The gritty, revenge Western earned a “Best Director,” win for Ińárritu. He was also honored for the same category last year for “Birdman.” And Emmanuel Lubezki took home the coveted golden statue for “Best Cinematography” for “The Revenant” making him the first person ever to claim the prize three years in a row.

“The Revenant” is a magnificent movie. It’s loosely based on author Michael Punke’s, “The Revenant: A Novel of Revenge” and is a chilling survivalist story set in 1823 about legendary fur trapper and hunter Hugh Glass who is played by Leonardo DiCaprio.

Glass, (DiCaprio), his son Hawk (Forrest Goodluck) and fellow hunters, Jim Bridger (Will Poulter, “The Maze Runner”) and John Fitzgerald (Tom Hardy, “Legend”) are led by Captain Andrew Henry (Domhall Gleeson, “Star Wars: The Force Awakens” and “Brooklyn”).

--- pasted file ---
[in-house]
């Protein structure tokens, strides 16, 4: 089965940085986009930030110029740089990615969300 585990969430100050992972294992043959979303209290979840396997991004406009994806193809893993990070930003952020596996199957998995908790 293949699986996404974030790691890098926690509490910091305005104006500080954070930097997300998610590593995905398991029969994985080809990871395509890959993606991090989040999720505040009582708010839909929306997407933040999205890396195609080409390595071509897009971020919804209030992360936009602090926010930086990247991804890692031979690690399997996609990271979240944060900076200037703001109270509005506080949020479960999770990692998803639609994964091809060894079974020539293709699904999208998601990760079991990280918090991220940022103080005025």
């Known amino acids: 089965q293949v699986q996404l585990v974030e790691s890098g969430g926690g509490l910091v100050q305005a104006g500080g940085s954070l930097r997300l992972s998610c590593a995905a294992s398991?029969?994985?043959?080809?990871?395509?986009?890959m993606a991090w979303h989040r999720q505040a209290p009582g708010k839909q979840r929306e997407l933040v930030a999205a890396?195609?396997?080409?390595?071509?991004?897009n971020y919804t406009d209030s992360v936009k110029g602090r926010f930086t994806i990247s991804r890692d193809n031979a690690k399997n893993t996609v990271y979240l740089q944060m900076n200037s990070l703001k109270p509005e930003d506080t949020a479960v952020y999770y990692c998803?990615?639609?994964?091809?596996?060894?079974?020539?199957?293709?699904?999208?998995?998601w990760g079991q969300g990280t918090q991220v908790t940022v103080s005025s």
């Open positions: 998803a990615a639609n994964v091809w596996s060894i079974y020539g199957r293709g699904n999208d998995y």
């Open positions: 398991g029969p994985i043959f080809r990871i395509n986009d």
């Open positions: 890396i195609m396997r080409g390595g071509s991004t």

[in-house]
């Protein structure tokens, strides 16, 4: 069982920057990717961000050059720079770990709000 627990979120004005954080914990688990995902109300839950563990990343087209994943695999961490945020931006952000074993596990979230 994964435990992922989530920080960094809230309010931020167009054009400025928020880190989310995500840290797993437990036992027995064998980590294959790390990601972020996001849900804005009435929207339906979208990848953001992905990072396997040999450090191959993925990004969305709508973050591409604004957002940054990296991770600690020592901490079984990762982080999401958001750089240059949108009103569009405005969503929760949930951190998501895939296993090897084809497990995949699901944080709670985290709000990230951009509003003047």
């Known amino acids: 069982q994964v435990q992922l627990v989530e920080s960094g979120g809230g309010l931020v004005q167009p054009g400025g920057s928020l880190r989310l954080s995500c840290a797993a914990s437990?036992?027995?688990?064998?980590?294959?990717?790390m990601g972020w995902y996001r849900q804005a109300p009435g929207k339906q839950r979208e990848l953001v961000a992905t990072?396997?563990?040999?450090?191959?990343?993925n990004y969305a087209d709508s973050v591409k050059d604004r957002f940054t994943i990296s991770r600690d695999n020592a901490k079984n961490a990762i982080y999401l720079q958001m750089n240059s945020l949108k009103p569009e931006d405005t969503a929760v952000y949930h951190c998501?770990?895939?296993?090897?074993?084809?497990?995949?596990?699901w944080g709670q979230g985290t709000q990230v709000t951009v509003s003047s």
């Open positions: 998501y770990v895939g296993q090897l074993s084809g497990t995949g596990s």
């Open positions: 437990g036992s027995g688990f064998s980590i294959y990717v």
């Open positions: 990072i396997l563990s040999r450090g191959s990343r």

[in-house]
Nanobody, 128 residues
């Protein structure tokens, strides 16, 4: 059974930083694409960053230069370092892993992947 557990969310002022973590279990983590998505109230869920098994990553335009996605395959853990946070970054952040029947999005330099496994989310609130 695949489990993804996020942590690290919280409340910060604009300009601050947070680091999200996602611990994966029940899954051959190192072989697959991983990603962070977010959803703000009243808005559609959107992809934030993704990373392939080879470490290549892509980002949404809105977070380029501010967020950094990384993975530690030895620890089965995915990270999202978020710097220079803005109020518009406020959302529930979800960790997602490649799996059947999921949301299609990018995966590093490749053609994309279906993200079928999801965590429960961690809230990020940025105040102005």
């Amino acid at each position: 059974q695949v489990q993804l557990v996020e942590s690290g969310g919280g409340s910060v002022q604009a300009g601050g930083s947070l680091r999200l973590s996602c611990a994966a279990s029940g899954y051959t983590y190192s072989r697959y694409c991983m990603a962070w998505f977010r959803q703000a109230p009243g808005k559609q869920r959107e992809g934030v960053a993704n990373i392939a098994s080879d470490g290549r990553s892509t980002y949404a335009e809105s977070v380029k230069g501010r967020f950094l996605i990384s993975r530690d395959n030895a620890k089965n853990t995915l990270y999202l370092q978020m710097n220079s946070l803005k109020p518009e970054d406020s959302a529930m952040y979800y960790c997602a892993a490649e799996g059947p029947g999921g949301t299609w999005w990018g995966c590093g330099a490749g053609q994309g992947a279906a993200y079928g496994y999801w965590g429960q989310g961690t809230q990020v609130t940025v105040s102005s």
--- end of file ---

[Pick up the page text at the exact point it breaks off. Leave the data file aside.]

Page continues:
While hunting for pelts, they are attacked by a group of Native American Arikara Indians along the Upper Missouri River.

As they flee for their lives, Glass becomes separated from the group and is savagely attacked by a ferocious grizzly bear.

The bear mauling is incredibly realistic and is truly one of the film’s most jaw-dropping highlights.

Glass has been mauled so badly that he can hardly speak or move. The rest of his fellow trappers are worried that he will slow them down and get all of them killed. But someone has to stay and watch over him. Fitzgerald suggests they kill Glass and make their move.

And when Captain Henry can’t bring himself to do it, he offers to pay Hawk and Jim to look after Glass and if he dies to give him a proper burial.